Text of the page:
My first visit to New York City’s Bowery was as a child. My Aunt Gertie took me to a Catholic mission around the corner. It was Christmastime and Gertie was delivering clothing collected from fellow telephone operators for, as she informed me, “the bums.” My memory is of a wintry Walpurgisnacht. Tattered men huddled around barrels of burning scrap wood, or lay in doorways, or staggered out of brightly lit, evil-smelling bars. I was distressed by the destitution, but Gertie, who grew up not far away, seemed unbothered. She brought along a purse full of dimes that she handed to any who asked.
The few times I returned as an adult were on forays to inexpensive lighting stores tucked among missions, gin mills, and flophouses. Yet I detected a faded dignity behind the Bowery’s begrimed façades, not unlike that behind the ruined faces of its inhabitants. As Alice Sparberg Alexiou puts it in Devil’s Mile: The Rich, Gritty History of the Bowery, “Almost every building and lot has a good story in its history.” No matter the ups and downs, the soulful history of the place “is always present and somebody will always find it.”
Walt Whitman sang of the Bowery as “racy of the East River,” its denizens embodying “a picturesque freedom of looks and manners, with a rude good nature and restless movement.” A century later, his spiritual descendant Allen Ginsberg celebrated those “who ate the lamb stew of the imagination and digested the crab at the muddy bottom of the rivers of Bowery.”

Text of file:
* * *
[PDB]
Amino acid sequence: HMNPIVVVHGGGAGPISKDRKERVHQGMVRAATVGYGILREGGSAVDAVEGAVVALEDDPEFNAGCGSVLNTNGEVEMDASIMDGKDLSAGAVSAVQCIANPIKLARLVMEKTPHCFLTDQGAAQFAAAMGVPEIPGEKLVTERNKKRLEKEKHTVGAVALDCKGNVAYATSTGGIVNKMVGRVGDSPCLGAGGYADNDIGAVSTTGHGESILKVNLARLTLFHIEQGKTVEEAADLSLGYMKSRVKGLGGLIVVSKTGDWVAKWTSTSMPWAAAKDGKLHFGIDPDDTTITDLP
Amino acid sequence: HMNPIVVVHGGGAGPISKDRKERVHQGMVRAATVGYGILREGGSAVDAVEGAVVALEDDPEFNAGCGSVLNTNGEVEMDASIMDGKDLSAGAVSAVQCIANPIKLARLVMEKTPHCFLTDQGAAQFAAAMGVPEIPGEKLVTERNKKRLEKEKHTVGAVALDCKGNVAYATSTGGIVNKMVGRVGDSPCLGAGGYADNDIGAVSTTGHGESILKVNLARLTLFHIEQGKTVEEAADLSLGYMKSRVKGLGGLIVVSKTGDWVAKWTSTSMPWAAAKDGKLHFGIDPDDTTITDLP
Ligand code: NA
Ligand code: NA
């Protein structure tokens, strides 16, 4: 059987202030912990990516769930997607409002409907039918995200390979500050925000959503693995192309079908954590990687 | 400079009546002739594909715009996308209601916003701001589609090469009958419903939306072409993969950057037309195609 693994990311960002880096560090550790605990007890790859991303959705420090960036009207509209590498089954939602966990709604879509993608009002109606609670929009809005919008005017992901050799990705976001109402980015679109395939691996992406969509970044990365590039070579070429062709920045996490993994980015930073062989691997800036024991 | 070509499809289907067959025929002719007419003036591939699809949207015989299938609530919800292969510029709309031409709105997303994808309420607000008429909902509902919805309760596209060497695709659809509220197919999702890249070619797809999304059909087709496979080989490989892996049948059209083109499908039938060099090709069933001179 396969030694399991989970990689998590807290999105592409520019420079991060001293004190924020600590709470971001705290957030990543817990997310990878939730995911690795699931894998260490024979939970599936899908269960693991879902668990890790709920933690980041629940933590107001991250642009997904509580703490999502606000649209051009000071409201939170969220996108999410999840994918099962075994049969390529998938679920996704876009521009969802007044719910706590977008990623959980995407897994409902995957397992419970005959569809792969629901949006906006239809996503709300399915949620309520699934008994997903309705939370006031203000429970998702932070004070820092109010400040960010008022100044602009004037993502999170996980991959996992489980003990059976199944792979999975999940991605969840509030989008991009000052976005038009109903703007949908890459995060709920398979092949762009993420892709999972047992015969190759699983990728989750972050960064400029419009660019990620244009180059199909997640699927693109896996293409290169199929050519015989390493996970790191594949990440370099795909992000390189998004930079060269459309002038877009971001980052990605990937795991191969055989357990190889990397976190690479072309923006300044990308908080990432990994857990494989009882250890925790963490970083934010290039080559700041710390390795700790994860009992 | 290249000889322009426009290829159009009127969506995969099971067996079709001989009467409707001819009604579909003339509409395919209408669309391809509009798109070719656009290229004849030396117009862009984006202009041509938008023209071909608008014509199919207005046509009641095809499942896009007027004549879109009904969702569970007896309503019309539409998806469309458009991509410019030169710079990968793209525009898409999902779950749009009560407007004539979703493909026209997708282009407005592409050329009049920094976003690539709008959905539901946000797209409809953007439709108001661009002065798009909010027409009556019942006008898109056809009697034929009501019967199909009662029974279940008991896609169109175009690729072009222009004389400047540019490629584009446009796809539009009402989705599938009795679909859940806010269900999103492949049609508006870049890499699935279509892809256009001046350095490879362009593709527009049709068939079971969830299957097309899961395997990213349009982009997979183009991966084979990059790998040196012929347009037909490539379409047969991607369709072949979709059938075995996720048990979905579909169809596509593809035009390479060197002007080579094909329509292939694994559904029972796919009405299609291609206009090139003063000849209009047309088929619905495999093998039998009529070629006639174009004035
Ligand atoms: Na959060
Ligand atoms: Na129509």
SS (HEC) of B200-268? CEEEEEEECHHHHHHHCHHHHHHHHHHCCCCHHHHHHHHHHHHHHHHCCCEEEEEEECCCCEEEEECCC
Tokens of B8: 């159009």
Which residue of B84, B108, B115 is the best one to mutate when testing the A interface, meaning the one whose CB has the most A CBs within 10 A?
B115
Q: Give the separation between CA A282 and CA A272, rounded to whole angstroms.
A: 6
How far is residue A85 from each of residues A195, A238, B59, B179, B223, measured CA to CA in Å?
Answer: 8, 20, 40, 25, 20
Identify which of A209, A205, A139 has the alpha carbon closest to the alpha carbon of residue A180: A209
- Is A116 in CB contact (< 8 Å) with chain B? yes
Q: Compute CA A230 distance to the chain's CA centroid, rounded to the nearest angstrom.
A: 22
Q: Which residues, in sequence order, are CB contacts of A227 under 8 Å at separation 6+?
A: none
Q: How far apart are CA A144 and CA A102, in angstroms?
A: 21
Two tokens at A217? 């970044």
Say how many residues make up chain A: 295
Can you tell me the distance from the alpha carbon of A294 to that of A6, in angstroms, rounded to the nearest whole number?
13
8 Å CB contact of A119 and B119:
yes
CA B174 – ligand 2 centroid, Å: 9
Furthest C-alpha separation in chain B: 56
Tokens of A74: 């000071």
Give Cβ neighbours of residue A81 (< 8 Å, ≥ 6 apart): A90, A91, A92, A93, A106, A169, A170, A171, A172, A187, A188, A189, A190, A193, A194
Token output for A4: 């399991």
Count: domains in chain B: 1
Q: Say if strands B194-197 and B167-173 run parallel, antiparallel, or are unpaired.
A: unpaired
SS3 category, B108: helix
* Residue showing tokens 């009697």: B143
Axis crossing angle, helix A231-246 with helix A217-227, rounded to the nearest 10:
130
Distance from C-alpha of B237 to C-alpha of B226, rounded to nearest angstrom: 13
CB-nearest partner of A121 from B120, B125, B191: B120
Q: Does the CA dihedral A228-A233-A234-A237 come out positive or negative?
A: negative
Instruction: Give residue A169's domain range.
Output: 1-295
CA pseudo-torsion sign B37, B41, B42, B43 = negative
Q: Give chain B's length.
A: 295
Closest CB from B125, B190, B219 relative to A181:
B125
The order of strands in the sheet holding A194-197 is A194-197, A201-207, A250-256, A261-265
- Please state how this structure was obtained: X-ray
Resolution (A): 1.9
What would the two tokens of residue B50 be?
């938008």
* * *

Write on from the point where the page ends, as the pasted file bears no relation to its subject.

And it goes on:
Charles Hurstwood, ill-fated lover of Theodore Dreiser’s Caroline Meeber (Sister Carrie), ended as a flophouse suicide, his last words a cri de coeur shared by generations of the down-and-out: “What’s the use?” Real-life Stephen Foster, the progenitor of American popular music, dubbed by Alexiou “the poignant bard of the Bowery,” died cold and alone in the attic of a hotel, his throat slit either by accident or design.
Minstrelsy, “with its edgy and shame-inducing racial content,” grew to a national rage after the Virginia Minstrels’ 1843 debut at the Bowery Theater. Israel Beline (a.k.a. Irving Berlin) remembered his turn-of-the-century “musical education on the Bowery” among “real tough people.” At century’s end, CBGB’s, a cave-like bar on the ground floor of a flophouse, hosted punk pioneers like the Ramones and Patti Smith, and became the hothouse for the re-blossoming of rock ’n’ roll’s rebellious soul.